Altera Petition for Cert Denied by Supreme Court: The US Supreme Court refused to hear the Altera case that challenged transfer pricing regulations that require affiliated businesses to include stock-based compensation in their cost-sharing agreements for developing intangible property. A 2-1 Ninth Circuit panel upheld the Treasury rules in June of 2019, overturning a US Tax Court ruling for Altera. Altera argued that Treasury ignored public comments, pointing out that unrelated companies did not share stock-based compensation costs, thereby stating that the final rules fail under the standard for determining whether regulations were “arbitrary and capricious.” Note that since the allegations in this case were first made, Treasury has generally included in regulatory guidance a careful analysis of comments from taxpayers and practitioners possibly in response to this argument.
Treasury and the IRS
Tax Cuts & Jobs Act (TCJA) Guidance
Business interest limits/163(j): Final and proposed regulations on the limitation on the deduction for business interest expense under §163(j) were submitted to the Office of Information and Regulatory Affairs (OIRA), which is part of the Office of Management and Budget (OMB), on June 15th for their second review. OIRA had completed its first review of this guidance early in 2020, but Treasury delayed the release of those regulations primarily due to the temporary changes that were enacted in the CARES Act to the TCJA changes to §163(j). The TCJA changes generally capped the deduction for business interest expense at the sum of (1) the taxpayer’s business interest income; (2) 30 percent of the taxpayer’s adjusted taxable income (ATI); and (3) the taxpayer’s floor plan financing interest expense for the taxable year. The CARES Act relaxed that limitation by increasing the 30 percent of ATI threshold to 50 percent for taxable years beginning in 2019 and 2020 and allowing taxpayers to elect to use their 2019 ATI in 2020 (with special partnership rules applying).
GILTI/High Tax Exception/§954(b)(4): The final regulations on the global intangible low-taxed income (GILTI) high-tax exception and proposed rules under §954(b)(4) (addressing high-taxed subpart F income) and §964 (determining the earnings and profits of a foreign corporation) were submitted to OIRA for review. The GILTI rules, which were enacted as part of the TCJA’s anti-base erosion regime, generally require a US shareholder of a controlled foreign corporation to include its GILTI in gross income. GILTI is determined based on complex calculations and deductions, and the TCJA provides that gross income excluded from foreign base company income or insurance income by reason of the high-tax exception under §954(b)(4) is not taken into account in calculating “tested income” for purposes of determining GILTI.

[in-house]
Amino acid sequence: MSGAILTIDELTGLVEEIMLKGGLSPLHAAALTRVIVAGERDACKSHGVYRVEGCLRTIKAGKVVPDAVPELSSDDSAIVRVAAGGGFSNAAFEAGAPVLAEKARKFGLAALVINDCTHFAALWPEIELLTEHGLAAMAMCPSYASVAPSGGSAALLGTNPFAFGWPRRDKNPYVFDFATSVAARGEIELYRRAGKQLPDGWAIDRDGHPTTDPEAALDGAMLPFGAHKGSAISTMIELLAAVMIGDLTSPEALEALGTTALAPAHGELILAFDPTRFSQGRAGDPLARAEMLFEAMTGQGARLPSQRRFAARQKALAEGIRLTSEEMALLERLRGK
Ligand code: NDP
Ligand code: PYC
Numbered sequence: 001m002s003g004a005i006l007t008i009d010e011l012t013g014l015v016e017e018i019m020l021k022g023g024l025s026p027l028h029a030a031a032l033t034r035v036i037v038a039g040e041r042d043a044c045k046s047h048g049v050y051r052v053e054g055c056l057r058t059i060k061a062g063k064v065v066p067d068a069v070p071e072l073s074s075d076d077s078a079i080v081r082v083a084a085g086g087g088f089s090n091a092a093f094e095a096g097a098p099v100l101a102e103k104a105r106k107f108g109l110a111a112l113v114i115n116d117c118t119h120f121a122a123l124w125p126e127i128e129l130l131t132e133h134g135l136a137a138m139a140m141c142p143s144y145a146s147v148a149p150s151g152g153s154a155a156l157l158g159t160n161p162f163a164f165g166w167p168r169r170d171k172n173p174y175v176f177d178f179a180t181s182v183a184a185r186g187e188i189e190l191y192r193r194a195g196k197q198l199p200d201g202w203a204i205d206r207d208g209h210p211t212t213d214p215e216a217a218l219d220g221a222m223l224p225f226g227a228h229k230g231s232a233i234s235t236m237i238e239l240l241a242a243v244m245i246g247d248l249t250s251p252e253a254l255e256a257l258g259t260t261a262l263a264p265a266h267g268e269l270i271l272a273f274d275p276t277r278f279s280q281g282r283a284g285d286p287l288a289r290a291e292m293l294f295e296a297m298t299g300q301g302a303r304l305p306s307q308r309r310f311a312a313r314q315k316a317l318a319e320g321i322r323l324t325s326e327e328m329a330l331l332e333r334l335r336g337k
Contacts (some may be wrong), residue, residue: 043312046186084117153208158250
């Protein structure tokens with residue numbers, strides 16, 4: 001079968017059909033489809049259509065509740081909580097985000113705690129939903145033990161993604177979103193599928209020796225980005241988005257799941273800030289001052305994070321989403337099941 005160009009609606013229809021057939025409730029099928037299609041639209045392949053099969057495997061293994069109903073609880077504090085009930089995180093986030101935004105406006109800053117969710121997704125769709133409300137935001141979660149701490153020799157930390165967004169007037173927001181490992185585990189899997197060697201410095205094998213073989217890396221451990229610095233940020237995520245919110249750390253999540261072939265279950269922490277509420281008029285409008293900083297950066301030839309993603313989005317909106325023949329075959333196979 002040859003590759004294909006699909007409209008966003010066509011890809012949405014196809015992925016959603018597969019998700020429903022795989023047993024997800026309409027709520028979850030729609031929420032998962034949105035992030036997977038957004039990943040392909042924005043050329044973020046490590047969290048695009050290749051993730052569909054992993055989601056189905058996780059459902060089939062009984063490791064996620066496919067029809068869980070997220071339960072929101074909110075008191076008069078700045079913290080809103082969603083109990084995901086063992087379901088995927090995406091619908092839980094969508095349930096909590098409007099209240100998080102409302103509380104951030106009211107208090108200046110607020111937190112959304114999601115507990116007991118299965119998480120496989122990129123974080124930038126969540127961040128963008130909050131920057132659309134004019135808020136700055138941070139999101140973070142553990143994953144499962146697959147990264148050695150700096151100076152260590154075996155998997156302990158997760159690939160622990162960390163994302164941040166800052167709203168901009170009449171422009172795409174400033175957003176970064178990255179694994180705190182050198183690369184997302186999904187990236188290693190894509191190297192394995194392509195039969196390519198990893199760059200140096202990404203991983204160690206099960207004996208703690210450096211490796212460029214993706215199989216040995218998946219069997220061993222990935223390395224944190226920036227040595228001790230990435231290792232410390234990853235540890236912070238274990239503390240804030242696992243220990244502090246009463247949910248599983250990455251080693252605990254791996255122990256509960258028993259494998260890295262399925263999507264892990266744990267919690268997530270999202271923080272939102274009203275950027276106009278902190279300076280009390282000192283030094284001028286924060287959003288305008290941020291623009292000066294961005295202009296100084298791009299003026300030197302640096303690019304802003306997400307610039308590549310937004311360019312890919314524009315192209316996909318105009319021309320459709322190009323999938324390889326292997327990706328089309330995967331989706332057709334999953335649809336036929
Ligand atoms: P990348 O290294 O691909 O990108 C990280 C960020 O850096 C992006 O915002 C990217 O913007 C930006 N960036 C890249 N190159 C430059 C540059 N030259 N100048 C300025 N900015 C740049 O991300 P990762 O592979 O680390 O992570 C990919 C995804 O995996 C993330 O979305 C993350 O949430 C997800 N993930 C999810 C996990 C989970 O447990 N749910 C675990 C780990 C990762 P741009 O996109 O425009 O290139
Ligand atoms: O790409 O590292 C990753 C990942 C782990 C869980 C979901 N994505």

GILTI/FDII Regulations/§250: OIRA is reviewing the final regulations under §250, related to deductions for Foreign-Derived Intangible Income (FDII) and GILTI, which were enacted in the TCJA.
Treatment of Qualified Transportation Fringe Benefit Expenses/§274: The IRS issued proposed regulations that provide guidance for the deduction of qualified transportation fringe and commuting expenses under §274. The TCJA does not allow deductions for qualified transportation fringe (QTF) expenses and does not allow deductions for certain expenses of transportation and commuting between an employee’s residence and place of employment. The law also provided that a tax-exempt organization’s unrelated business taxable income is increased by the amount of the QTF expense that is nondeductible. However, on December 20, 2019, this was repealed as part of the Further Consolidated Appropriations Act of 2020. This repeal was retroactive to the original date of enactment by the TCJA. These proposed regulations specifically address the elimination of the deduction for expenses related to QTFs provided to an employee of the taxpayer. The proposed regulations also provide guidance and methodologies to determine the amount of QTF parking expense that is nondeductible.
QBI Deduction for RIC Shareholders/§199A: The IRS issued final regulations permitting a regulated investment company (RIC) that receives qualified real estate investment trust (REIT) dividends to report dividends the RIC pays to its shareholders as §199A dividends. §199A, which was enacted as part of the TCJA, allows individual taxpayers and certain trusts and estates to deduct up to 20 percent of certain income. The §199A deduction is available to eligible taxpayers with qualified business income (QBI) from qualified trades or businesses operated as sole proprietorships or through partnerships, S corporations, trusts, or estates, as well as for qualified REIT dividends and income from publicly traded partnerships. The regulations provide that a shareholder in a RIC may, subject to limitations, treat a §199A dividend received from a RIC as a qualified REIT dividend for purposes of determining the §199A deduction. The regulations also provide additional guidance on the treatment of previously disallowed losses that are included in QBI in subsequent years and provide guidance for taxpayers who hold interests in split-interest trusts or charitable remainder trusts.